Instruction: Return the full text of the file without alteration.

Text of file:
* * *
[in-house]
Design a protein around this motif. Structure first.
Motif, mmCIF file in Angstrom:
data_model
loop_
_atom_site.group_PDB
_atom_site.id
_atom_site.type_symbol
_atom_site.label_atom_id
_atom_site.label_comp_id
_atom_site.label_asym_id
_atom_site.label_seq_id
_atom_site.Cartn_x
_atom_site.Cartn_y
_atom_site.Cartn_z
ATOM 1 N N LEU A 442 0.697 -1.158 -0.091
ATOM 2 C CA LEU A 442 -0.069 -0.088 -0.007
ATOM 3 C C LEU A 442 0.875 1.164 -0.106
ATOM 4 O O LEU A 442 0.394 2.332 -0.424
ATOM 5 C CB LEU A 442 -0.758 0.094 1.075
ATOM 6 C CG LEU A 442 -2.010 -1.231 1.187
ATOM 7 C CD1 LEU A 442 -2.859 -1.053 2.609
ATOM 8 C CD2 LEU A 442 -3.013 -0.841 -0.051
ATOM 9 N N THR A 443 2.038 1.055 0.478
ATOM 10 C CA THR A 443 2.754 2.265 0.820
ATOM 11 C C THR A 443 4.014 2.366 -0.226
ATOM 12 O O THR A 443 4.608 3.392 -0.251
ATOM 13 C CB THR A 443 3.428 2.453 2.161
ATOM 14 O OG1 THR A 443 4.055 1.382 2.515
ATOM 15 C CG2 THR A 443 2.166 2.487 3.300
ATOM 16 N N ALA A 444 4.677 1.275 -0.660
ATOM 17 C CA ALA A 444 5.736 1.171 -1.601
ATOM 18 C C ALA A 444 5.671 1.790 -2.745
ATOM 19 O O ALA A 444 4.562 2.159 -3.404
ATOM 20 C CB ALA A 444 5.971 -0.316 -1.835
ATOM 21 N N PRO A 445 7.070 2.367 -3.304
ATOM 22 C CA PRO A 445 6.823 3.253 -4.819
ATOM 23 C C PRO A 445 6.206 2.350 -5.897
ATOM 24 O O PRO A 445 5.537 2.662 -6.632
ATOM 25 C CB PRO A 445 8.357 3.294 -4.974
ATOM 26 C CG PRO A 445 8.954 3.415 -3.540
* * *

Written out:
[in-house]
Design a protein around this motif. Structure first.
Motif, mmCIF file in Angstrom:
data_model
loop_
_atom_site.group_PDB
_atom_site.id
_atom_site.type_symbol
_atom_site.label_atom_id
_atom_site.label_comp_id
_atom_site.label_asym_id
_atom_site.label_seq_id
_atom_site.Cartn_x
_atom_site.Cartn_y
_atom_site.Cartn_z
ATOM 1 N N LEU A 442 0.697 -1.158 -0.091
ATOM 2 C CA LEU A 442 -0.069 -0.088 -0.007
ATOM 3 C C LEU A 442 0.875 1.164 -0.106
ATOM 4 O O LEU A 442 0.394 2.332 -0.424
ATOM 5 C CB LEU A 442 -0.758 0.094 1.075
ATOM 6 C CG LEU A 442 -2.010 -1.231 1.187
ATOM 7 C CD1 LEU A 442 -2.859 -1.053 2.609
ATOM 8 C CD2 LEU A 442 -3.013 -0.841 -0.051
ATOM 9 N N THR A 443 2.038 1.055 0.478
ATOM 10 C CA THR A 443 2.754 2.265 0.820
ATOM 11 C C THR A 443 4.014 2.366 -0.226
ATOM 12 O O THR A 443 4.608 3.392 -0.251
ATOM 13 C CB THR A 443 3.428 2.453 2.161
ATOM 14 O OG1 THR A 443 4.055 1.382 2.515
ATOM 15 C CG2 THR A 443 2.166 2.487 3.300
ATOM 16 N N ALA A 444 4.677 1.275 -0.660
ATOM 17 C CA ALA A 444 5.736 1.171 -1.601
ATOM 18 C C ALA A 444 5.671 1.790 -2.745
ATOM 19 O O ALA A 444 4.562 2.159 -3.404
ATOM 20 C CB ALA A 444 5.971 -0.316 -1.835
ATOM 21 N N PRO A 445 7.070 2.367 -3.304
ATOM 22 C CA PRO A 445 6.823 3.253 -4.819
ATOM 23 C C PRO A 445 6.206 2.350 -5.897
ATOM 24 O O PRO A 445 5.537 2.662 -6.632
ATOM 25 C CB PRO A 445 8.357 3.294 -4.974
ATOM 26 C CG PRO A 445 8.954 3.415 -3.540